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21 Billion Candidates to Discuss Education, Abortion and More at Monday Night Forum - The Globe

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WORTHINGTON — A series of candidate forums hosted by FORWARD Worthington’s Committee on Government Affairs kicked off last night with candidates running for District 21B of the Minnesota House of Representatives.

Current Congressman Rod Hamilton’s announcement in early 2022 that he will not seek another term has sparked a feud between Republican Fulda native Marge Fogelman and Brewster’s DFL candidate Michael Heidelberger. rice field.

Open to the public and hosted by RadioWorks’ Ryan McGaughey, the community gathered at the Worthington Event Center last night to hear candidates and ask questions ahead of the November 8 election.

Education was a common theme at last night’s forum. Both Heidelberger and Vogelmann listed the topic as a top priority, with questions posed by the audience ranging from funding schools to stances on fairness and equality in the classroom.

Regarding funding, Heidelberger said state-funded support would help ease the financial burden placed on local school districts, citing the recent failed Round Lake Brewster School referendum as an example.

“If Congress had passed an education bill,” Heidelberger said of the failed attempt to allocate some of the state’s surplus money to education, “property taxes…would not rise as much as they had proposed.” They wouldn’t have… We need to keep Congress out of a dead end to provide for our schools.”

For Fogelman, the issue came down to reassessing the needs of schools and classrooms at the local level to “eliminate wastage, fraud and abuse” of funds. She advocated sitting down with the superintendent and school board members to learn more about where the funds go.

“You don’t have to rely on the government for everything,” says Fogelman. “We can’t legislate our lives. We can’t legislate schools. But we have to work together.”

Fogelman offers a similar approach to infrastructure concerns and questions about improving road quality in southwestern Minnesota, and overseeing where taxes go is paramount to accountability. said it is.

“If everything goes to maintenance instead of our roads and bridges, we’re all going to suffer,” she pointed out.

Heidelberger used his response time to advocate investing in public transport and said the biggest cause of damage to roads was “actually using them.”

“We are the only developed country without extensive public transport,” said Heidelberger. “I don’t understand why we can’t just hop on the train and go to the city instead of driving ourselves.”

He went on to point out that the majority of rural county roads are in “pretty good” health at this point, according to a recent study conducted by the Minnesota Department of Transportation.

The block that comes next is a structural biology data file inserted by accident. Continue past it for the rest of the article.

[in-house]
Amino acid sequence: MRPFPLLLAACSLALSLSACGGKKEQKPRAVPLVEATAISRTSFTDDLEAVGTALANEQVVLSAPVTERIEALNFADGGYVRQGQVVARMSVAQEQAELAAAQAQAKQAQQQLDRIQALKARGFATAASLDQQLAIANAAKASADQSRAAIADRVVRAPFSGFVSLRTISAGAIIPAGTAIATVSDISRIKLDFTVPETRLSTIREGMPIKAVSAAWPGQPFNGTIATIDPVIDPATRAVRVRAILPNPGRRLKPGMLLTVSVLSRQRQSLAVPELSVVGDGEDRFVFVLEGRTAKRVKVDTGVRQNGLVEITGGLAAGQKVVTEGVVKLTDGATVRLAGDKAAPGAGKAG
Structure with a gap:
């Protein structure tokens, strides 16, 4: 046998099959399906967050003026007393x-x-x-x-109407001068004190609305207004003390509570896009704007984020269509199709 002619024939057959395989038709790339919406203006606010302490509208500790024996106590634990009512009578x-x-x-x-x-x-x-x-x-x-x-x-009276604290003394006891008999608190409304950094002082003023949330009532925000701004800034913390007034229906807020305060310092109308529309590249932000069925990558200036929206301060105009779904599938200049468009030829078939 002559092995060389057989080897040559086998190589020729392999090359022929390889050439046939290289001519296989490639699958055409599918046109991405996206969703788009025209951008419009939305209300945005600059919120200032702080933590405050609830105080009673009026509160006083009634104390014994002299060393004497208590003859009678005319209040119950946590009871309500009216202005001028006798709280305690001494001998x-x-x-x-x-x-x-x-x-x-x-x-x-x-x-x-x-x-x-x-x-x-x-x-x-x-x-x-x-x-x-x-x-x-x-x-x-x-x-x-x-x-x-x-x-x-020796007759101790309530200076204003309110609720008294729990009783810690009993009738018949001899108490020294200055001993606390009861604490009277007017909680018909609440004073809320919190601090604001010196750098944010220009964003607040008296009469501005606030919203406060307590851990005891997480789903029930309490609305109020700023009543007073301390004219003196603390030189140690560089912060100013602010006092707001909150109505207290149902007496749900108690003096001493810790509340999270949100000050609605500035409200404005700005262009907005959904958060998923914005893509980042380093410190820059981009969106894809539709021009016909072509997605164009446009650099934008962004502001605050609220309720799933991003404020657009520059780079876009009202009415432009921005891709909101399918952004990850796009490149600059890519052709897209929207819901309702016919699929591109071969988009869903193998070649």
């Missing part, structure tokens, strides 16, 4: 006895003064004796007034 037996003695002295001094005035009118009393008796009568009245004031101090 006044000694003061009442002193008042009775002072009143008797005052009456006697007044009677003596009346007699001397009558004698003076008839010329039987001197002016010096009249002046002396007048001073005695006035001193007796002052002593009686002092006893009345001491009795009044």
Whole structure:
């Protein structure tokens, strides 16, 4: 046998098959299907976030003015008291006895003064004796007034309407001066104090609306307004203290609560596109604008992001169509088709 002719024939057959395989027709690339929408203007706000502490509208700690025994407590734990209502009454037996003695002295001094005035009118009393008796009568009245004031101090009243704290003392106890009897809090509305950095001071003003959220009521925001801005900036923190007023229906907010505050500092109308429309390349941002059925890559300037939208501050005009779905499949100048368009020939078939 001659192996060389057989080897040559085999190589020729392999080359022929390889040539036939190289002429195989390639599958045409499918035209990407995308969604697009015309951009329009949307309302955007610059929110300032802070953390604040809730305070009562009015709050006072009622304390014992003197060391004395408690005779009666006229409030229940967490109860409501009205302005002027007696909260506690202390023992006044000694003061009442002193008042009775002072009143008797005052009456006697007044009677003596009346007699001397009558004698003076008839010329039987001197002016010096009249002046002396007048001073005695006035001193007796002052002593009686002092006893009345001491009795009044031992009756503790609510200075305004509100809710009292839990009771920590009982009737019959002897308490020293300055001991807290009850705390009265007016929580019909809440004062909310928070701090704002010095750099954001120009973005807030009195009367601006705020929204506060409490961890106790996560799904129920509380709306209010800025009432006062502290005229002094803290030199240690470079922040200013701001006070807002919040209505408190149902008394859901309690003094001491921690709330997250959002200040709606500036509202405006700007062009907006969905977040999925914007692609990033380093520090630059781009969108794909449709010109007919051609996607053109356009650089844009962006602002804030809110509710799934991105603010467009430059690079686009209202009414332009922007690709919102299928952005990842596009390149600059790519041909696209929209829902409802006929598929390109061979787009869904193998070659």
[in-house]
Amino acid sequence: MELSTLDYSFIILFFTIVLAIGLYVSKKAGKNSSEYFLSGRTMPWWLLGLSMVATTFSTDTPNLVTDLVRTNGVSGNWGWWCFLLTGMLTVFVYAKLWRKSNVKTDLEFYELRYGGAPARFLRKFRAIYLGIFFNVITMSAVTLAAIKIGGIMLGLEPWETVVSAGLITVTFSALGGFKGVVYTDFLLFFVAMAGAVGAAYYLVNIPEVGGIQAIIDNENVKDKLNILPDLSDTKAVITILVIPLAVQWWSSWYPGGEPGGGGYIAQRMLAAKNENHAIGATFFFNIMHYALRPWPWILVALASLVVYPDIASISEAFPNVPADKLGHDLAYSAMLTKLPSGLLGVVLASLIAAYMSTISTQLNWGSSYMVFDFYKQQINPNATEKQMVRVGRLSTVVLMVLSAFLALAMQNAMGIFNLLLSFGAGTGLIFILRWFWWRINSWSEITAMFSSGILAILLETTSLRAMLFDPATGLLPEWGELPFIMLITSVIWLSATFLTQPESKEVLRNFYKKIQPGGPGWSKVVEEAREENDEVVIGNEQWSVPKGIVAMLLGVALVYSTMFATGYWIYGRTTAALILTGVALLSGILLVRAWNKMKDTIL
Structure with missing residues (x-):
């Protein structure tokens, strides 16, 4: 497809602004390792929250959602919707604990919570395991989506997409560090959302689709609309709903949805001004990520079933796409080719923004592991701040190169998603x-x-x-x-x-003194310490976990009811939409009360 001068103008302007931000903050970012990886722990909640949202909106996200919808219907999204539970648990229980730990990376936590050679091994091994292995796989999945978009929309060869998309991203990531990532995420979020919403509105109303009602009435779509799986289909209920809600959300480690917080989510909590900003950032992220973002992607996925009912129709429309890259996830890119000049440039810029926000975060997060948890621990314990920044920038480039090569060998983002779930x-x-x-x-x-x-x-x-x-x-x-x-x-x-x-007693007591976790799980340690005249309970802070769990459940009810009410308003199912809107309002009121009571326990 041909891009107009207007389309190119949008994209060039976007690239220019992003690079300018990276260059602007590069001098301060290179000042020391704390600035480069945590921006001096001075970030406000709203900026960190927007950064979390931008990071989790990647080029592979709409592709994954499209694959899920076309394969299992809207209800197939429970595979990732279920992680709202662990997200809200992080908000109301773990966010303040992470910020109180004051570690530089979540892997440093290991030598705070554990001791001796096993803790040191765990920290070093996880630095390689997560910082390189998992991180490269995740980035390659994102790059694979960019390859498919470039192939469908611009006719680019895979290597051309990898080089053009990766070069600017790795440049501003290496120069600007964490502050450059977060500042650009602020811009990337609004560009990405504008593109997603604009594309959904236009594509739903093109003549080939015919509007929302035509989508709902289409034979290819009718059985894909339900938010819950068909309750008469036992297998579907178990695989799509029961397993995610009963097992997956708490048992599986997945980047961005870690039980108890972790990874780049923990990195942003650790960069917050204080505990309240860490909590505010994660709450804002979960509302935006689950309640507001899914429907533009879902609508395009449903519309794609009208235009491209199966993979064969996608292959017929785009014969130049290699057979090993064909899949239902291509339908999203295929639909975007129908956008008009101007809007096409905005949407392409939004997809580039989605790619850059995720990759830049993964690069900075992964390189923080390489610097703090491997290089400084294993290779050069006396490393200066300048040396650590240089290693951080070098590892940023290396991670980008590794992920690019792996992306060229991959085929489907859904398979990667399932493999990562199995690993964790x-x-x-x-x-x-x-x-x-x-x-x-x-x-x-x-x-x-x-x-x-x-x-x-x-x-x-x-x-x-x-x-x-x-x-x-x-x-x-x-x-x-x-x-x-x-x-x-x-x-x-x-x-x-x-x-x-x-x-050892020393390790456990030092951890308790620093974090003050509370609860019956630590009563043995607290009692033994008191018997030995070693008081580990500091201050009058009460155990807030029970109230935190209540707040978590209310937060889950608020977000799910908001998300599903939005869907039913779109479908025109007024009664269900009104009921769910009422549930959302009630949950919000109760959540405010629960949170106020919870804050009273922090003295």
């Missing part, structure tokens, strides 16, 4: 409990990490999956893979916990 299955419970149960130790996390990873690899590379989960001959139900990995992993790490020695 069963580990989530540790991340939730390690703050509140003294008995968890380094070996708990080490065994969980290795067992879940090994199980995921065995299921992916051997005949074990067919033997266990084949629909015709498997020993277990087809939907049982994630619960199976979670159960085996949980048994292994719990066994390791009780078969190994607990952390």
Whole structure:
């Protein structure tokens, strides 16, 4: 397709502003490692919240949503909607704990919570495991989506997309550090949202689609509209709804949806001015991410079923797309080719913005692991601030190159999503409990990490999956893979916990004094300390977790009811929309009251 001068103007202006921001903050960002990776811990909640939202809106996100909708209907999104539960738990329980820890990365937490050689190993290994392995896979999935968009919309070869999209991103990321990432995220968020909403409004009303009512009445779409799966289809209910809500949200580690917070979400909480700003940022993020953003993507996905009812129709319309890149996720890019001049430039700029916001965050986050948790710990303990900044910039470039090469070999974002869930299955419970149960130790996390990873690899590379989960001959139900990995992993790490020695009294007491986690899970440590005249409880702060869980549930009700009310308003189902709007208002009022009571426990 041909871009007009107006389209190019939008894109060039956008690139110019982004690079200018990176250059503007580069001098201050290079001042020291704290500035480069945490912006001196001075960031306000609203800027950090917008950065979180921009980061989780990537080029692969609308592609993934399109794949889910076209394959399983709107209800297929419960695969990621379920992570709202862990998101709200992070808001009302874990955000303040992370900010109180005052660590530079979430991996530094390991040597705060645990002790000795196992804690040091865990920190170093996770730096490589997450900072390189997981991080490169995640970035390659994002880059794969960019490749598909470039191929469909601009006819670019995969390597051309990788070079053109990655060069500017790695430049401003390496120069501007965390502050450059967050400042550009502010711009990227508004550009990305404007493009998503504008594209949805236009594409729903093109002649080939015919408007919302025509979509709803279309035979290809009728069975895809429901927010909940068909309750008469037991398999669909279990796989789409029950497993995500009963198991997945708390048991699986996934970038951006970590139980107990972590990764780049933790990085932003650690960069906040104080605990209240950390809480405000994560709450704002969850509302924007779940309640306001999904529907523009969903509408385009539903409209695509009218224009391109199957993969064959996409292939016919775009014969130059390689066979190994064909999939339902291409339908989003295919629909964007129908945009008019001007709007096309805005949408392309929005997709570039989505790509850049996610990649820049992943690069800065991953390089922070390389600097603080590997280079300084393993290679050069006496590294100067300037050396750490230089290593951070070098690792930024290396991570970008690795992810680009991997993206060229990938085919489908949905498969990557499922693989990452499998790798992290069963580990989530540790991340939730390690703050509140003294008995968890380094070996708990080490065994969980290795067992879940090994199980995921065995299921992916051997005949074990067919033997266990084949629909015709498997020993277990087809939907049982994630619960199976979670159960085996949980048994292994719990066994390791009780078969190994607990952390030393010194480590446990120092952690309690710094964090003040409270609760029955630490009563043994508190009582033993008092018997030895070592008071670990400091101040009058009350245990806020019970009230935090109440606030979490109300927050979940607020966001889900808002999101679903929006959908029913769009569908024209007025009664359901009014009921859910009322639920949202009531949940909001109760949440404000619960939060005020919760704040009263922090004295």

Questions about how to support workforce development in Southwest Minnesota were also raised as the subject of discussion at Monday’s forum. Heidelberger proposed the development of vocational schools in the area as a way to attract residents and create opportunities to build the skills needed for the workforce.

Fogelman, on the other hand, advocated tax cuts and regulations for corporations as a way to create a more welcoming environment for workers.

“There are states around us that are lowering taxes and welcoming new businesses and new residents,” she said. are overburdened and overregulated.”

Support for collective bargaining and the right to form unions was also suggested by one of the audience. Fogelman pointed out that unions are an area he has to learn more about before he can answer, but Heidelberger said he believes people should be able to join unions.

“Even if you’re not in a union, unions help ordinary people,” he said, citing child labor laws, 40-hour workweeks, and health insurance as byproducts of union efforts.

Heidelberger and Fogelmann found common ground on topics such as proposing term limits for elected civil servants and preventing block bills from being submitted to state legislatures, but their disagreements were most pronounced. One of the areas I worked on was on abortion.

Fogelman has remained adamant throughout the campaign that she is an advocate for conservative Christian values, and when asked about her views on abortion, she prides herself on being a Christian and pro-life. Said he thought

“I think abortion is wrong,” Fogelman said. “… I think it’s murder.”

Heidelberger stressed that although he would never be in a position to make personal decisions about abortion, he did not agree to enact legislation on the issue on the basis of religious opposition.

Noting that not all religions view abortion through a Christian lens, he said, “You cannot impose your Christian values ​​on others.” “…This is not a matter of life or death. This is about being free to choose your own life. If you want freedom of religion and freedom from religion, you must respect other religions as well.”

Monday night’s forum concluded with a final question on abortion, but next week, Congressional First District candidates Brad Finstad and Jeff Ettinger will be at the Worthington Event Center to discuss the 2 I will answer your questions in the next forum.